The centipede creeped from between where the damp bag of sand rested on the concrete. I recoiled at first, but my curiosity for all things that crawled took over. I looked at the creature crawl away until my brother stomped on it. We were with our father as he and a half dozen other men moved the bags of sand from a truck and stacked them along the outside walls of our church basement. They staggered the bags like bricks four or five bags high. The church basement they were supposed to protect was where us elementary schoolchildren would shelter should there be a Soviet attack. It was October 1962. We lived about twenty miles outside of Washington, DC. My father, like many of the recently-arrived men in our town, worked for the National Security Agency. Their fear of a war, much less a nuclear war, with the Soviet Union was both tempered and intensified by the data they gleaned from the thousands of telegrams, phone calls, and other messages the agency intercepted each week. I had turned seven a few weeks earlier and was already both concerned and bored with the extra prayers we had to say every morning in our Catholic school next to the sandbagged church. After asking the nun who taught me why our prayers were only about the American people and not the Russians, Cubans or anyone else, I was told to be quiet. My father’s response to the question was similar. I was told I would understand one day. I was wondering if I would ever make it to that day.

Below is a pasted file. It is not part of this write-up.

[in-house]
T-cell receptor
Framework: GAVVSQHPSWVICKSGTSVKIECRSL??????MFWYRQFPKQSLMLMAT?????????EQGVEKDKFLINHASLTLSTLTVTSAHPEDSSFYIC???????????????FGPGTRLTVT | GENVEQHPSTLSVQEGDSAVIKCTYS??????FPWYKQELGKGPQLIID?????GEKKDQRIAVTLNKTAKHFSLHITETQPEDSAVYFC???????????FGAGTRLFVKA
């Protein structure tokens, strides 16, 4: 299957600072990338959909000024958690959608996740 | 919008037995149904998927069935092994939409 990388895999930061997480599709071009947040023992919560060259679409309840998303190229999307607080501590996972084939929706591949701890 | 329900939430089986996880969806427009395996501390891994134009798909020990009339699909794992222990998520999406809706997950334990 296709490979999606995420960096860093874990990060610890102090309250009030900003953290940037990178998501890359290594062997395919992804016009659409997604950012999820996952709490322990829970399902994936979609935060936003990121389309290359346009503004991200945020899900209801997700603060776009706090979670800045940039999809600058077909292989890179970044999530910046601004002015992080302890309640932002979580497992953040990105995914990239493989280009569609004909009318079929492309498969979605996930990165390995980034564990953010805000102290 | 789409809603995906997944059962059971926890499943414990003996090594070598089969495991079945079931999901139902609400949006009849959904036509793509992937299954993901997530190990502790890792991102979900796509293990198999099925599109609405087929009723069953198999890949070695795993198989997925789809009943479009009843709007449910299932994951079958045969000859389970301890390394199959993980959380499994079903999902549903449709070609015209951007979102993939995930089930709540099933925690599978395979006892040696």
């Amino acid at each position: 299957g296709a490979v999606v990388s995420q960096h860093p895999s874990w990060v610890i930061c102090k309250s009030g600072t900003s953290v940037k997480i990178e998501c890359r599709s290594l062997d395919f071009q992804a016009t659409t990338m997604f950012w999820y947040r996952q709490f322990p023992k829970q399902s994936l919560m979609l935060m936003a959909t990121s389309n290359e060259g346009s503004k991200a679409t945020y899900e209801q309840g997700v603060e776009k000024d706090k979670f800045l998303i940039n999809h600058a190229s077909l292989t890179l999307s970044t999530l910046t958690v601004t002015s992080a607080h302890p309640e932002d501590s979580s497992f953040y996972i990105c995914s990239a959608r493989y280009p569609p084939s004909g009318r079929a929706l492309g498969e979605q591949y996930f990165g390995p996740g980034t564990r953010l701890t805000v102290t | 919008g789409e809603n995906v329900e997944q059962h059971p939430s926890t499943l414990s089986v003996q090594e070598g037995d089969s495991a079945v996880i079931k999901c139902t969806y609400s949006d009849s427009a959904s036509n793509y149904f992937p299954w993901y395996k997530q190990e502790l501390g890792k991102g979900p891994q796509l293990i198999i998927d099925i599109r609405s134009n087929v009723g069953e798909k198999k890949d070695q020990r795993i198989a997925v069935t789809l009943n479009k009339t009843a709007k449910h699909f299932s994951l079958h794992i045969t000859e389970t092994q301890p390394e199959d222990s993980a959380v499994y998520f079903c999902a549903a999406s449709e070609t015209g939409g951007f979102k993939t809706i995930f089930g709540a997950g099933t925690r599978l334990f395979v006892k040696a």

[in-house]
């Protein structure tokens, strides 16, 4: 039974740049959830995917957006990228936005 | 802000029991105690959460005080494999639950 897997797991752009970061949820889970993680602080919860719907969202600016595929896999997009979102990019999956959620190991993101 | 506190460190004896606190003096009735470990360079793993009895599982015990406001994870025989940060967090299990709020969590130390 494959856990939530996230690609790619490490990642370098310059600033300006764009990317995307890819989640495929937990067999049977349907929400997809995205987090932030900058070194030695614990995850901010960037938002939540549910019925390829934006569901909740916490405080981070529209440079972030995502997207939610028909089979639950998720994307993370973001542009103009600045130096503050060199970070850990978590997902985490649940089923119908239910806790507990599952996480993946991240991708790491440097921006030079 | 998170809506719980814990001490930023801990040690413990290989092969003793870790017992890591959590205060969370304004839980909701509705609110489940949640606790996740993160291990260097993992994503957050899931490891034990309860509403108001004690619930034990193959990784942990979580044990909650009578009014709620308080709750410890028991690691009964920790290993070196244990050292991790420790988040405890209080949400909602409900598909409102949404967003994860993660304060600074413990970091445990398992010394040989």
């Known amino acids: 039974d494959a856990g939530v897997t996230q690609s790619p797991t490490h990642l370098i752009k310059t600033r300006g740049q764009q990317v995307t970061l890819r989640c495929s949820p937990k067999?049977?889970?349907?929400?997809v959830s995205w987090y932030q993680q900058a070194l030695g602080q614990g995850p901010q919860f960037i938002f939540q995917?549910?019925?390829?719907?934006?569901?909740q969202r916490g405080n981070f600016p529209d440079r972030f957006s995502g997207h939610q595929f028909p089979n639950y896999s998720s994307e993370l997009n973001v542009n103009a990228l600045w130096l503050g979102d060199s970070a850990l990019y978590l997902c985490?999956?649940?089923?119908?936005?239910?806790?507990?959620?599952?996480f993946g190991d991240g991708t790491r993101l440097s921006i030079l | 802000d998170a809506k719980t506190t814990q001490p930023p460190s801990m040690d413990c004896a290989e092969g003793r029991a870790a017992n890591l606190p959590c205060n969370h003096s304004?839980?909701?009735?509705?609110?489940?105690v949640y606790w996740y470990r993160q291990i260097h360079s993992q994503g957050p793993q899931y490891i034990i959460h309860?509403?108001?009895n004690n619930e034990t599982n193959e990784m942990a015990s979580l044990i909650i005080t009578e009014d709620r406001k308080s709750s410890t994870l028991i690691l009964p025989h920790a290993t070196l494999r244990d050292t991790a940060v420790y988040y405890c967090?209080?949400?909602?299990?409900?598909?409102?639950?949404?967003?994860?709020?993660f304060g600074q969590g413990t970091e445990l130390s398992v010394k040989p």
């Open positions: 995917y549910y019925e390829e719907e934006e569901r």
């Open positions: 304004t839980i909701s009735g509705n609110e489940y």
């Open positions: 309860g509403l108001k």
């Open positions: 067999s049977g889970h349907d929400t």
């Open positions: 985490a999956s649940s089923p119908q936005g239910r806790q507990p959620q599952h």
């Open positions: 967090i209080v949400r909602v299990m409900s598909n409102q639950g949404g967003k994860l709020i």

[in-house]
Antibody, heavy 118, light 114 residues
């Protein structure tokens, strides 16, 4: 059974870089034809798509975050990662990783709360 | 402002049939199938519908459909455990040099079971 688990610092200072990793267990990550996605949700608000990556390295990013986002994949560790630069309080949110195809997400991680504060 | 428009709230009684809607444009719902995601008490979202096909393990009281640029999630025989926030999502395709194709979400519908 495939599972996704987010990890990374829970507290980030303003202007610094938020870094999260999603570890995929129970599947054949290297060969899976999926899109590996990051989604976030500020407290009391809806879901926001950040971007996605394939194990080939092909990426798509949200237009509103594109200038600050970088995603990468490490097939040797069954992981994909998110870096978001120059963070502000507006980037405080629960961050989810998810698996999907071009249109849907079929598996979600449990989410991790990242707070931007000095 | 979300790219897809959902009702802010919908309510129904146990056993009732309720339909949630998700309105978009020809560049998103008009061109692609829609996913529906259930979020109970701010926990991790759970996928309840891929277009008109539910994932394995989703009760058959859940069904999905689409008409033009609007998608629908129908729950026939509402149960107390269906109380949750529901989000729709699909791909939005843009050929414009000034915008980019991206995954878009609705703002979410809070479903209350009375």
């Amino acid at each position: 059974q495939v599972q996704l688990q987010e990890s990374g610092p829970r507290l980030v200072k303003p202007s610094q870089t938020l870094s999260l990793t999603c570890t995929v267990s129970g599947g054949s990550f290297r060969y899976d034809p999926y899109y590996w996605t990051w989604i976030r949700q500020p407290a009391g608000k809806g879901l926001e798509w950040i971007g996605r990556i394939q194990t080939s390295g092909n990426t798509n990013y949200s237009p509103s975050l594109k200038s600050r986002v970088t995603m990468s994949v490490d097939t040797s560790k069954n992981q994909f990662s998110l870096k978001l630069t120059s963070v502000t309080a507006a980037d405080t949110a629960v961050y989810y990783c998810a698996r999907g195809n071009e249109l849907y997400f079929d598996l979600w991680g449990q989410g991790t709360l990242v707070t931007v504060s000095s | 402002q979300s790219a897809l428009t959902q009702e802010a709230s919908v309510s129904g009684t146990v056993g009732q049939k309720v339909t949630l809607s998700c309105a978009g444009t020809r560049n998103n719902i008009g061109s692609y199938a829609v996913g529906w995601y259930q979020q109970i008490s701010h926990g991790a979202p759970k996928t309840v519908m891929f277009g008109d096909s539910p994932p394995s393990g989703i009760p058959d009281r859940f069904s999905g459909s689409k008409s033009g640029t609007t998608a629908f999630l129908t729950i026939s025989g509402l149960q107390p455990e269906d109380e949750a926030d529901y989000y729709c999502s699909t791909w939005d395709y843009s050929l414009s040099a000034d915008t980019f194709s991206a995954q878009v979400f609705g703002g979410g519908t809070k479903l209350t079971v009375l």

As other instances arose in my life that also raised this question about praying for everyone and not just one nation or another, I eventually realized that there was no understanding this type of insanity. In most instances where the people of a nation share a cultural heritage, modern nationalism is the weaponization of that culture. In nations where the population is composed of people from different cultures (like the US), that weaponization becomes the militarization of a supposed shared set of principles (freedom, liberty, etc.) Quite often in the latter case, the mix of cultures becomes its own battlefield as the dominant culture tries to maintain its dominance. This latter situation is certainly the history of the United States, where those who identify with the original colonists consider themselves the true “Americans.” No matter what the case, the allegiance to the nation-state makes no sense. Like organized religion, most of us aren’t getting much benefit from this concept. There were and are heroic struggles against occupation, colonial oppression and imperialism, but the idea of fighting for an artificial construct like a nation seemed as ridiculous as fighting for some god(s) who may not exist and certainly didn’t care about humans battles with each other. Likewise, it became clearer and clearer to me that the only people who benefited from wars for god and nation were, for the most part, not the people I knew.
This presented a problem for me when I began siding with the national liberation forces in Vietnam, Angola and elsewhere around the world. After all, a fair amount of the propaganda in support of these struggles spoke about a national struggle—a struggle for a nation. While I never flew or carried a flag for any nation since I was a Boy Scout and once was enlisted to carry the US flag on the Fourth of July, I wasn’t offended when I marched alongside the flag of the Vietnamese NLF or other popular struggles. Yet, I couldn’t get a hundred percent behind these flags. Conversations and reading helped me realize that revolutionary struggles for national liberation were not the same as independence struggles that were not revolutionary.